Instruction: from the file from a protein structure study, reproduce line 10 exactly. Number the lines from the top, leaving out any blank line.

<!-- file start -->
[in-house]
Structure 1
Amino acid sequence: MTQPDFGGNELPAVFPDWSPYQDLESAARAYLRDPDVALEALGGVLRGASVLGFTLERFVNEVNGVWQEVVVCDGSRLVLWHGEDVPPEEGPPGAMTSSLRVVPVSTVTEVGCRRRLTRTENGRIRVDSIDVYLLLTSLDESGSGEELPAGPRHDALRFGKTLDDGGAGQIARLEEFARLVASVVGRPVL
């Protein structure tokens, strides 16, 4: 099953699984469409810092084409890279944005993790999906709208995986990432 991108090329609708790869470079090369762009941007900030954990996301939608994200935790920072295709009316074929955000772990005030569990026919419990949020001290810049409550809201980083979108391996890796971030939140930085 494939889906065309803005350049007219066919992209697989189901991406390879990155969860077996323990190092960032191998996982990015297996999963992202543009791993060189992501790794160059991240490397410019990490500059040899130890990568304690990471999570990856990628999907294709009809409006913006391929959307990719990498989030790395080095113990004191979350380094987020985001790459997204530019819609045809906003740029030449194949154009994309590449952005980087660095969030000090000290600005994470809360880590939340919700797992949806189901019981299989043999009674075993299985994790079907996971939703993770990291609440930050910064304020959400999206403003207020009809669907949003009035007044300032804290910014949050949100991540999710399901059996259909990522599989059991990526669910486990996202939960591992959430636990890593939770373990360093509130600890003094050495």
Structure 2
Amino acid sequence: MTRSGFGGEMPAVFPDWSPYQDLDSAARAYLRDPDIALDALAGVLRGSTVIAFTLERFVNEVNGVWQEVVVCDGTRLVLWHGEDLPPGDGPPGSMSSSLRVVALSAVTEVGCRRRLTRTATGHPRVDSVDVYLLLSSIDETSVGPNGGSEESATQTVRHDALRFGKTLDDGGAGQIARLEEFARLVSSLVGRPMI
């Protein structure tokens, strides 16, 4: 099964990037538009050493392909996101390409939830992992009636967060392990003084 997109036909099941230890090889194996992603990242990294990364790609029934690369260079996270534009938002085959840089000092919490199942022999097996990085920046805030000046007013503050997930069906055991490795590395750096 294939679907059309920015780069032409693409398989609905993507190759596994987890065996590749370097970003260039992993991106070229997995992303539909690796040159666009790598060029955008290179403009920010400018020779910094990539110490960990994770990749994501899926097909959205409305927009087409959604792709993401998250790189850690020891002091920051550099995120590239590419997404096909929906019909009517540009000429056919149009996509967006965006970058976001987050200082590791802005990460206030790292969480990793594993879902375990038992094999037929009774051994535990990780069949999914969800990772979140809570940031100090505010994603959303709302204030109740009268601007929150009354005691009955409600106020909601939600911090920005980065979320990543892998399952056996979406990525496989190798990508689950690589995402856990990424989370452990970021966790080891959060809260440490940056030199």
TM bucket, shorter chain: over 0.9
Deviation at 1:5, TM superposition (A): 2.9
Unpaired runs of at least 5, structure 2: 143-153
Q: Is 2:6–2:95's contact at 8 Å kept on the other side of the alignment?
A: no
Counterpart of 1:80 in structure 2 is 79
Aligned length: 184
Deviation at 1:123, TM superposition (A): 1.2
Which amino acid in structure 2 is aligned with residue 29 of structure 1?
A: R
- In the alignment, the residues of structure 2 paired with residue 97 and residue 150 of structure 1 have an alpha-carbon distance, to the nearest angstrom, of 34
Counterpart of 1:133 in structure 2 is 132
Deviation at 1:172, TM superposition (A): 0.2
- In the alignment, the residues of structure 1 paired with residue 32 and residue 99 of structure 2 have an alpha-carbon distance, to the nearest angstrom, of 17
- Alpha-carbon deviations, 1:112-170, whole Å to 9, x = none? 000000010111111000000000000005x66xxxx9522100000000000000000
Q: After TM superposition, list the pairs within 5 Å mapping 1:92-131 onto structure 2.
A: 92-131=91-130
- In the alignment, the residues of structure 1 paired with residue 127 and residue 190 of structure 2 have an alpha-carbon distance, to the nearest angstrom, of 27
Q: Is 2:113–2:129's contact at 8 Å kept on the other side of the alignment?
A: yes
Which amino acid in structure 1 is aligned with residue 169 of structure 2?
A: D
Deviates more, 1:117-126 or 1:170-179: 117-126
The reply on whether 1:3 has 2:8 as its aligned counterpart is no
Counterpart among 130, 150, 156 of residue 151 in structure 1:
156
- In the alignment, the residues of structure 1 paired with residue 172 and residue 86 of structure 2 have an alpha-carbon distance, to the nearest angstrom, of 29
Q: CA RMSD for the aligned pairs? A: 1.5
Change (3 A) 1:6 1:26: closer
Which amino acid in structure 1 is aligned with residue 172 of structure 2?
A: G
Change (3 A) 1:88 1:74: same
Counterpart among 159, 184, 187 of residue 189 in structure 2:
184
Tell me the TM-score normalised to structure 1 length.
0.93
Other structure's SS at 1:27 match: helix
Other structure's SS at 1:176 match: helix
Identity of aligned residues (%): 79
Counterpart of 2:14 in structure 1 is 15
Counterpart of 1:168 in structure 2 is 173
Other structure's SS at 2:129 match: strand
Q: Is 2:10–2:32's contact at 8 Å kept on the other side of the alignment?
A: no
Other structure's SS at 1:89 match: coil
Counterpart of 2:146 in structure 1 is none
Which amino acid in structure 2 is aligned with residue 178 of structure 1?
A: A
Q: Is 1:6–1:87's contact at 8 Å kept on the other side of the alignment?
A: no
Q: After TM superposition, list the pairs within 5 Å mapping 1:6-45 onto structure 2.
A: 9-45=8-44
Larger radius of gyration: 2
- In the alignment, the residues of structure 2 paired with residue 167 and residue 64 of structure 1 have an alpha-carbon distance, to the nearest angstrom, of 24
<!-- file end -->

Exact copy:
Unpaired runs of at least 5, structure 2: 143-153